THE PHILIPPINES was ranked in last place in a global index that measured the recovery of 121 countries from the coronavirus pandemic.

The Philippines was ranked in the 121st spot by the Nikkei Asia COVID-19 Recovery Index, which assessed the infection management, vaccine rollout, and social mobility of economies, scoring them on a scale of zero to 90.

The Nikkei Asia report estimated that only 30% of the Philippine population was fully vaccinated as of Sept. 30. This is “low among ASEAN countries,” it said.

Nikkei Asia also noted that while the Philippines has enforced granular lockdowns in the capital region, minors and seniors are still required to stay home.

“The country is gradually easing restrictions on businesses to revive the economy, allowing gyms to reopen and increasing restaurant dining and salon capacities for vaccinated individuals,” the report said.

Within Southeast Asia, Indonesia was 54th, Singapore 70th, Cambodia 76th, Malaysia 102nd, Myanmar 105th, Thailand 109th, Vietnam 118th, and Laos 120th.

Nikkei Asia’s study was conducted at a time when the Philippines was experiencing a fresh surge in new coronavirus cases, Health Undersecretary Maria Rosario S. Vergeire said at a televised briefing Thursday.

“The infection rates were measured at a time when the number of cases in our country were really high compared with other countries which had already reached their peak,” she said, noting that Nikkei Asia used a seven-day period in September to analyze and compare coronavirus data of various countries.

The Philippine mortality rate remained below the global average, Ms. Vergeire said.

She said that the World Health Organization has rated the Philippines as having a low case fatality rate for Asia, “which means we’re doing well in terms of managing severe and critical cases.”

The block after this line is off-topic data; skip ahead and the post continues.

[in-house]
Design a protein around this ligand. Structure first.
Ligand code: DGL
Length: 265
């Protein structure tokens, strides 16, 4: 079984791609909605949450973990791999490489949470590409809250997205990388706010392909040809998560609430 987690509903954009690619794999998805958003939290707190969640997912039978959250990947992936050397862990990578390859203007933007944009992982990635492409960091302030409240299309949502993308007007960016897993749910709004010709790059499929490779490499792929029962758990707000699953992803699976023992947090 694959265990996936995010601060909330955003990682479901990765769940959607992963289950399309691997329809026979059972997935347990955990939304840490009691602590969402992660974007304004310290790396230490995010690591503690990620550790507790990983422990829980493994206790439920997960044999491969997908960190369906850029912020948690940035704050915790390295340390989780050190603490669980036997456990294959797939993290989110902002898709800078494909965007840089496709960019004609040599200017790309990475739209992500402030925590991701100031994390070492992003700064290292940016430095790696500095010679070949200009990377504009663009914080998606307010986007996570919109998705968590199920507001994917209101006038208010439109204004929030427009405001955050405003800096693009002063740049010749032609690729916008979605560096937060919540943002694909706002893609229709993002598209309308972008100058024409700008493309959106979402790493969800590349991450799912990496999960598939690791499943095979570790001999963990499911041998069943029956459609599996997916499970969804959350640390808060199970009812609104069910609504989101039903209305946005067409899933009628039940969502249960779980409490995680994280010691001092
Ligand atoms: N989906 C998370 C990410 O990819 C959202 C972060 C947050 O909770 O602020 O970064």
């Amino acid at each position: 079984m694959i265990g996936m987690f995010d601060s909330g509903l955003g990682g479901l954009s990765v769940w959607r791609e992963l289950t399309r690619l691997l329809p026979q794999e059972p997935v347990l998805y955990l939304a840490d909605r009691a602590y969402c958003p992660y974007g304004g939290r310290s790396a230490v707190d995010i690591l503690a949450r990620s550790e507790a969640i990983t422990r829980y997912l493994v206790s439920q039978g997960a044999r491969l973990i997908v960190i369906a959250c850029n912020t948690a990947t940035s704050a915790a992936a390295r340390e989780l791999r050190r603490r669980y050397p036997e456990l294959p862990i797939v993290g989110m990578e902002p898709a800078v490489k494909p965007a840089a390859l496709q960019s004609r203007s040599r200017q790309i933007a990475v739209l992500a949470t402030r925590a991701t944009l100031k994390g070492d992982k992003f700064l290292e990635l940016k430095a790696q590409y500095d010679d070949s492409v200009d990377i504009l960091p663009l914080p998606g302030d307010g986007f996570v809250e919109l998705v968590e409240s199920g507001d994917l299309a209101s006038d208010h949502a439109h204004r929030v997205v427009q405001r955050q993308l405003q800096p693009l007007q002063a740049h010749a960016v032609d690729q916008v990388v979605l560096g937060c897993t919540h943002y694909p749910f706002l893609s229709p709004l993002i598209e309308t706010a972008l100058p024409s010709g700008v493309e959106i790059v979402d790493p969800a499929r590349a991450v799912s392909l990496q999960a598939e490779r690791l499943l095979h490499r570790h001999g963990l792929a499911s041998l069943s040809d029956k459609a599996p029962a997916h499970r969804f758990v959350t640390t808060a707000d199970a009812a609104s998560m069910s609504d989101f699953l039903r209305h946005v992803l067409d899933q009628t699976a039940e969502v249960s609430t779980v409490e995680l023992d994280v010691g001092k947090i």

Ms. Vergeire also claimed that more cases were detected because the country’s testing capacity had improved. 

Earlier this week, the Health agency’s spokesperson said there had been fewer swab tests for the coronavirus in 14 regions including Metro Manila.

The biggest decline in RT-PCR tests was in the capital region, whose positivity rate decreased to 16.4% in the past week from 19.3% a week earlier, she said.

Swab tests in the metro fell by 37,383 or 14.1% to 266,042, she said, leading to fewer people who tested positive for the virus.

Meanwhile, Ms. Vergeire said the country’s vaccination was hampered by an “increase in the number of cases here in the country.” 

The country’s vaccine supply and access was “erratic because of this widespread infection during this outbreak that we had,” she said.

The Philippines, which scored poorly in Bloomberg’s COVID-19 (coronavirus disease 2019) resilience study, is struggling to vaccinate its entire adult population amid a spike in infections believed to be triggered by the highly contagious Delta variant.

Presidential Spokesman Herminio L. Roque, Jr. told a televised news briefing that 48.39 million coronavirus vaccines had been given out as of Oct. 6. Nearly 22.66 million people of 29.37% of the target adult population had been fully vaccinated, he added.

The country took delivery of more than a million doses of the Pfizer vaccine on Wednesday night, Mr. Roque said. The shipment was paid for by the National Government.

The Palace official said the country will receive more than two million doses of the Moderna vaccine on Oct. 8. — Kyle Aristophere T. Atienza